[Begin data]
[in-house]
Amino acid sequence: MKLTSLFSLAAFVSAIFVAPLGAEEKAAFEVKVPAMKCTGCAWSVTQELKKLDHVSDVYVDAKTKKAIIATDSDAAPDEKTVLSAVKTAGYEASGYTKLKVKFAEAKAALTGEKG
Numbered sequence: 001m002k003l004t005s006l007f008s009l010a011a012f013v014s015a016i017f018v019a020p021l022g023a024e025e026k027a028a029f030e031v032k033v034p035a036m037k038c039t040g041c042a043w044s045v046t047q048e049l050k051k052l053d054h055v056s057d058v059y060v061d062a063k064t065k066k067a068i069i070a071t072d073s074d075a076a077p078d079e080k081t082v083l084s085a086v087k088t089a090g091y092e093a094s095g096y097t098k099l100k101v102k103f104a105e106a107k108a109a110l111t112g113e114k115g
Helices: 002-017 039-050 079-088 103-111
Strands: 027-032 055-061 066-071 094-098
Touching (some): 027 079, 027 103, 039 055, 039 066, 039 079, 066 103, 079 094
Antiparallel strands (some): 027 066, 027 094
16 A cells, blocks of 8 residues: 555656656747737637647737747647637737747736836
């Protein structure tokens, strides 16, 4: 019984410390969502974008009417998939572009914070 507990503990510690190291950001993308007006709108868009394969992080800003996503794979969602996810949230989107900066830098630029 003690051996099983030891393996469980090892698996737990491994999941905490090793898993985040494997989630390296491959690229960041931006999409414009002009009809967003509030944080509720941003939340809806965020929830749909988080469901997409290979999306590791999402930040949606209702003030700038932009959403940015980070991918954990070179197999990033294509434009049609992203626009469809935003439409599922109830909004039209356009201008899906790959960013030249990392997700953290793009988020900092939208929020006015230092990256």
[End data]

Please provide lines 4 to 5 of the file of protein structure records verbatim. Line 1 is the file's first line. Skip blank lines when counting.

Helices: 002-017 039-050 079-088 103-111
Strands: 027-032 055-061 066-071 094-098